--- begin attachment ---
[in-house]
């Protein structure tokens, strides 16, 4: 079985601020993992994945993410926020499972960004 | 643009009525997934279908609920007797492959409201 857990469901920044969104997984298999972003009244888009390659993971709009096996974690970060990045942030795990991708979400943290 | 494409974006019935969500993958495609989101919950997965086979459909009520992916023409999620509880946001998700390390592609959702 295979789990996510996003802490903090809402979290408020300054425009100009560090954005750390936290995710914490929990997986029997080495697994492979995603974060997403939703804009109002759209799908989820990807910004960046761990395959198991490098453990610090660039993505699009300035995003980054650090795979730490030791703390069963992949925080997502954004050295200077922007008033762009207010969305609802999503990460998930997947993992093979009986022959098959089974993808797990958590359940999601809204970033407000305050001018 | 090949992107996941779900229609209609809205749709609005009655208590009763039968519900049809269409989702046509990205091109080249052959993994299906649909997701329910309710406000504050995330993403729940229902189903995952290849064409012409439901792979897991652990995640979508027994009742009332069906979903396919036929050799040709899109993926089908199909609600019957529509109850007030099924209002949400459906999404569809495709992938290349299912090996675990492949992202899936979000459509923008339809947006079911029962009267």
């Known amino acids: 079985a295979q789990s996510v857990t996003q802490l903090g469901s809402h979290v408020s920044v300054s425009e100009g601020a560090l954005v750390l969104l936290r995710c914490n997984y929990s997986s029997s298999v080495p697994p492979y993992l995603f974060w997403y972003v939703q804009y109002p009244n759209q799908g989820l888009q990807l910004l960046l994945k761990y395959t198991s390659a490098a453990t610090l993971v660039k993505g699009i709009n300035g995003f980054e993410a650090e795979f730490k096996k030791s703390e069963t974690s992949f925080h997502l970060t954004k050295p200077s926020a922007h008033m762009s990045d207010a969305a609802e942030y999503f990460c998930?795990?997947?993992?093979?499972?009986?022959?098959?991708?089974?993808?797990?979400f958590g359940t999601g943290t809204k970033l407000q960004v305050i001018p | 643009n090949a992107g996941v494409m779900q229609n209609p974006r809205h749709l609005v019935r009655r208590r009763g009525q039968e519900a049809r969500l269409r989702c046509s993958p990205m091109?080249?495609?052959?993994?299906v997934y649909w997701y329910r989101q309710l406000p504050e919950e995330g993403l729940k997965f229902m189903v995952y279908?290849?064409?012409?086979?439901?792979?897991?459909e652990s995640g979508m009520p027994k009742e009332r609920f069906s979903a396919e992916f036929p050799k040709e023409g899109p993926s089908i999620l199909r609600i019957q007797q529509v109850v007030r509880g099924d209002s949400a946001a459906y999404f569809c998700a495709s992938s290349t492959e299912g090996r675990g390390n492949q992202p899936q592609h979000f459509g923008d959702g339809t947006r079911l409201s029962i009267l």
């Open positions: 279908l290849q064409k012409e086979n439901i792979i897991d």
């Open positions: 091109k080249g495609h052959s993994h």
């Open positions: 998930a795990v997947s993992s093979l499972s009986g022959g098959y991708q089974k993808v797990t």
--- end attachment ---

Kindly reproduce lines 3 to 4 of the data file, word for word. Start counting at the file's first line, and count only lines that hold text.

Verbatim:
């Known amino acids: 079985a295979q789990s996510v857990t996003q802490l903090g469901s809402h979290v408020s920044v300054s425009e100009g601020a560090l954005v750390l969104l936290r995710c914490n997984y929990s997986s029997s298999v080495p697994p492979y993992l995603f974060w997403y972003v939703q804009y109002p009244n759209q799908g989820l888009q990807l910004l960046l994945k761990y395959t198991s390659a490098a453990t610090l993971v660039k993505g699009i709009n300035g995003f980054e993410a650090e795979f730490k096996k030791s703390e069963t974690s992949f925080h997502l970060t954004k050295p200077s926020a922007h008033m762009s990045d207010a969305a609802e942030y999503f990460c998930?795990?997947?993992?093979?499972?009986?022959?098959?991708?089974?993808?797990?979400f958590g359940t999601g943290t809204k970033l407000q960004v305050i001018p | 643009n090949a992107g996941v494409m779900q229609n209609p974006r809205h749709l609005v019935r009655r208590r009763g009525q039968e519900a049809r969500l269409r989702c046509s993958p990205m091109?080249?495609?052959?993994?299906v997934y649909w997701y329910r989101q309710l406000p504050e919950e995330g993403l729940k997965f229902m189903v995952y279908?290849?064409?012409?086979?439901?792979?897991?459909e652990s995640g979508m009520p027994k009742e009332r609920f069906s979903a396919e992916f036929p050799k040709e023409g899109p993926s089908i999620l199909r609600i019957q007797q529509v109850v007030r509880g099924d209002s949400a946001a459906y999404f569809c998700a495709s992938s290349t492959e299912g090996r675990g390390n492949q992202p899936q592609h979000f459509g923008d959702g339809t947006r079911l409201s029962i009267l």
């Open positions: 279908l290849q064409k012409e086979n439901i792979i897991d």